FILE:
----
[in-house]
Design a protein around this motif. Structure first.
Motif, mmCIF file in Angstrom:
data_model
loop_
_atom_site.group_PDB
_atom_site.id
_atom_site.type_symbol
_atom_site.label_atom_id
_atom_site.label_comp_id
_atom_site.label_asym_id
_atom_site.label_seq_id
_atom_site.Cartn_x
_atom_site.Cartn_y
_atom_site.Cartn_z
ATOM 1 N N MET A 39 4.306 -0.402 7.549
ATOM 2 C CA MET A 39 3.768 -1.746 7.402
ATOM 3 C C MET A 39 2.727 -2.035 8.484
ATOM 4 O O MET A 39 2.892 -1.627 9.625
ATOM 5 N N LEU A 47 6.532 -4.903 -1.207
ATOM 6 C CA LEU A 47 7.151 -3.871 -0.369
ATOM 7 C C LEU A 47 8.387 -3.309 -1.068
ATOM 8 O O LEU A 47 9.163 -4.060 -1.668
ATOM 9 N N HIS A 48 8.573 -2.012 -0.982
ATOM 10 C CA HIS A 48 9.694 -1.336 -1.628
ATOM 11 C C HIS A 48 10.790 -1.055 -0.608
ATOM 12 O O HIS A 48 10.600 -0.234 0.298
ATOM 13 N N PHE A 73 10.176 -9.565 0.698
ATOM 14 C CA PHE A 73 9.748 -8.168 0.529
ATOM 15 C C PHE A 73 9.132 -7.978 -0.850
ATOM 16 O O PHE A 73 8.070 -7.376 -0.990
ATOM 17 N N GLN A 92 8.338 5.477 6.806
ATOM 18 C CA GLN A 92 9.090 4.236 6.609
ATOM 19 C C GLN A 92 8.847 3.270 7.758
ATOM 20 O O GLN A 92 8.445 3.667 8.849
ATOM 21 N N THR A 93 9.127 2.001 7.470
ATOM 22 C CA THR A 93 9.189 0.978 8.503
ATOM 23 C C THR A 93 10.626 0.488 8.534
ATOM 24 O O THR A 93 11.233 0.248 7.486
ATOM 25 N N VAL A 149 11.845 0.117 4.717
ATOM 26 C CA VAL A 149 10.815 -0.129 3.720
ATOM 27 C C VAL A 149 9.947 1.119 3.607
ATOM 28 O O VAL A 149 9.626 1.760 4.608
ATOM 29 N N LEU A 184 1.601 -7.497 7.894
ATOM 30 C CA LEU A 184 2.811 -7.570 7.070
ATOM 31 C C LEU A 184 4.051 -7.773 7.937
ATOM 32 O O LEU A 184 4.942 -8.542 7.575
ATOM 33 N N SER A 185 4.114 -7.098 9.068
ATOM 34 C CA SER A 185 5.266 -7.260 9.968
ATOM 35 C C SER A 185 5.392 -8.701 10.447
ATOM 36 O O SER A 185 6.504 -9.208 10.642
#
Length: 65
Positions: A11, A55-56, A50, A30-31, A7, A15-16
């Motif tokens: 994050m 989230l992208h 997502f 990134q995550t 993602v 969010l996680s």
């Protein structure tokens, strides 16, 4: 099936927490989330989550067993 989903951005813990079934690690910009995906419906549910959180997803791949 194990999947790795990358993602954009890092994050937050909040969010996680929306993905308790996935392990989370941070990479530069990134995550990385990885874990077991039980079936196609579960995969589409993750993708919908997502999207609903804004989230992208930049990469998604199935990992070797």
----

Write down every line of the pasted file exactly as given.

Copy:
[in-house]
Design a protein around this motif. Structure first.
Motif, mmCIF file in Angstrom:
data_model
loop_
_atom_site.group_PDB
_atom_site.id
_atom_site.type_symbol
_atom_site.label_atom_id
_atom_site.label_comp_id
_atom_site.label_asym_id
_atom_site.label_seq_id
_atom_site.Cartn_x
_atom_site.Cartn_y
_atom_site.Cartn_z
ATOM 1 N N MET A 39 4.306 -0.402 7.549
ATOM 2 C CA MET A 39 3.768 -1.746 7.402
ATOM 3 C C MET A 39 2.727 -2.035 8.484
ATOM 4 O O MET A 39 2.892 -1.627 9.625
ATOM 5 N N LEU A 47 6.532 -4.903 -1.207
ATOM 6 C CA LEU A 47 7.151 -3.871 -0.369
ATOM 7 C C LEU A 47 8.387 -3.309 -1.068
ATOM 8 O O LEU A 47 9.163 -4.060 -1.668
ATOM 9 N N HIS A 48 8.573 -2.012 -0.982
ATOM 10 C CA HIS A 48 9.694 -1.336 -1.628
ATOM 11 C C HIS A 48 10.790 -1.055 -0.608
ATOM 12 O O HIS A 48 10.600 -0.234 0.298
ATOM 13 N N PHE A 73 10.176 -9.565 0.698
ATOM 14 C CA PHE A 73 9.748 -8.168 0.529
ATOM 15 C C PHE A 73 9.132 -7.978 -0.850
ATOM 16 O O PHE A 73 8.070 -7.376 -0.990
ATOM 17 N N GLN A 92 8.338 5.477 6.806
ATOM 18 C CA GLN A 92 9.090 4.236 6.609
ATOM 19 C C GLN A 92 8.847 3.270 7.758
ATOM 20 O O GLN A 92 8.445 3.667 8.849
ATOM 21 N N THR A 93 9.127 2.001 7.470
ATOM 22 C CA THR A 93 9.189 0.978 8.503
ATOM 23 C C THR A 93 10.626 0.488 8.534
ATOM 24 O O THR A 93 11.233 0.248 7.486
ATOM 25 N N VAL A 149 11.845 0.117 4.717
ATOM 26 C CA VAL A 149 10.815 -0.129 3.720
ATOM 27 C C VAL A 149 9.947 1.119 3.607
ATOM 28 O O VAL A 149 9.626 1.760 4.608
ATOM 29 N N LEU A 184 1.601 -7.497 7.894
ATOM 30 C CA LEU A 184 2.811 -7.570 7.070
ATOM 31 C C LEU A 184 4.051 -7.773 7.937
ATOM 32 O O LEU A 184 4.942 -8.542 7.575
ATOM 33 N N SER A 185 4.114 -7.098 9.068
ATOM 34 C CA SER A 185 5.266 -7.260 9.968
ATOM 35 C C SER A 185 5.392 -8.701 10.447
ATOM 36 O O SER A 185 6.504 -9.208 10.642
#
Length: 65
Positions: A11, A55-56, A50, A30-31, A7, A15-16
């Motif tokens: 994050m 989230l992208h 997502f 990134q995550t 993602v 969010l996680s």
């Protein structure tokens, strides 16, 4: 099936927490989330989550067993 989903951005813990079934690690910009995906419906549910959180997803791949 194990999947790795990358993602954009890092994050937050909040969010996680929306993905308790996935392990989370941070990479530069990134995550990385990885874990077991039980079936196609579960995969589409993750993708919908997502999207609903804004989230992208930049990469998604199935990992070797």